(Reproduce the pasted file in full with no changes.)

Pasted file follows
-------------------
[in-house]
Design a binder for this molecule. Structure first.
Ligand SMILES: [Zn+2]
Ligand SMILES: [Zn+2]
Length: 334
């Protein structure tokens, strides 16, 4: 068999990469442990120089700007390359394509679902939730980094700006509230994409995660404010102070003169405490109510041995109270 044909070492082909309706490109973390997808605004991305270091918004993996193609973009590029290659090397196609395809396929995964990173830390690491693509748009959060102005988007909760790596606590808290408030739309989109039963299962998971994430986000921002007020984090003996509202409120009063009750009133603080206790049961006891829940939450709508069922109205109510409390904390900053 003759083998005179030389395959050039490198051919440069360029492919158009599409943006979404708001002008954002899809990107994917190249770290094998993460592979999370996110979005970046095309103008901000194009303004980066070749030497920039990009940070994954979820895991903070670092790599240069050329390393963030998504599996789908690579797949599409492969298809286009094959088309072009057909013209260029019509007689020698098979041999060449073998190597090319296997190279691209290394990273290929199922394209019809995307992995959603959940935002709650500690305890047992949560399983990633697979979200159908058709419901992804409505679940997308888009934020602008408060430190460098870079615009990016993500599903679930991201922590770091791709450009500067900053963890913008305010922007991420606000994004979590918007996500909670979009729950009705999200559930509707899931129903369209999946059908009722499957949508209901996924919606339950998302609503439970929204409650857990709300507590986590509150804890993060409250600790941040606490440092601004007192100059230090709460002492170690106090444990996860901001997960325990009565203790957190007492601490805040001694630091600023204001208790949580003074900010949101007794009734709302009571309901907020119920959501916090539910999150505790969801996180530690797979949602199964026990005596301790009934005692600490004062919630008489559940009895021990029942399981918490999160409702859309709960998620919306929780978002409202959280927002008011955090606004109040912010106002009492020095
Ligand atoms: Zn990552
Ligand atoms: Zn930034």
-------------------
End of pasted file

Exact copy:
[in-house]
Design a binder for this molecule. Structure first.
Ligand SMILES: [Zn+2]
Ligand SMILES: [Zn+2]
Length: 334
């Protein structure tokens, strides 16, 4: 068999990469442990120089700007390359394509679902939730980094700006509230994409995660404010102070003169405490109510041995109270 044909070492082909309706490109973390997808605004991305270091918004993996193609973009590029290659090397196609395809396929995964990173830390690491693509748009959060102005988007909760790596606590808290408030739309989109039963299962998971994430986000921002007020984090003996509202409120009063009750009133603080206790049961006891829940939450709508069922109205109510409390904390900053 003759083998005179030389395959050039490198051919440069360029492919158009599409943006979404708001002008954002899809990107994917190249770290094998993460592979999370996110979005970046095309103008901000194009303004980066070749030497920039990009940070994954979820895991903070670092790599240069050329390393963030998504599996789908690579797949599409492969298809286009094959088309072009057909013209260029019509007689020698098979041999060449073998190597090319296997190279691209290394990273290929199922394209019809995307992995959603959940935002709650500690305890047992949560399983990633697979979200159908058709419901992804409505679940997308888009934020602008408060430190460098870079615009990016993500599903679930991201922590770091791709450009500067900053963890913008305010922007991420606000994004979590918007996500909670979009729950009705999200559930509707899931129903369209999946059908009722499957949508209901996924919606339950998302609503439970929204409650857990709300507590986590509150804890993060409250600790941040606490440092601004007192100059230090709460002492170690106090444990996860901001997960325990009565203790957190007492601490805040001694630091600023204001208790949580003074900010949101007794009734709302009571309901907020119920959501916090539910999150505790969801996180530690797979949602199964026990005596301790009934005692600490004062919630008489559940009895021990029942399981918490999160409702859309709960998620919306929780978002409202959280927002008011955090606004109040912010106002009492020095
Ligand atoms: Zn990552
Ligand atoms: Zn930034």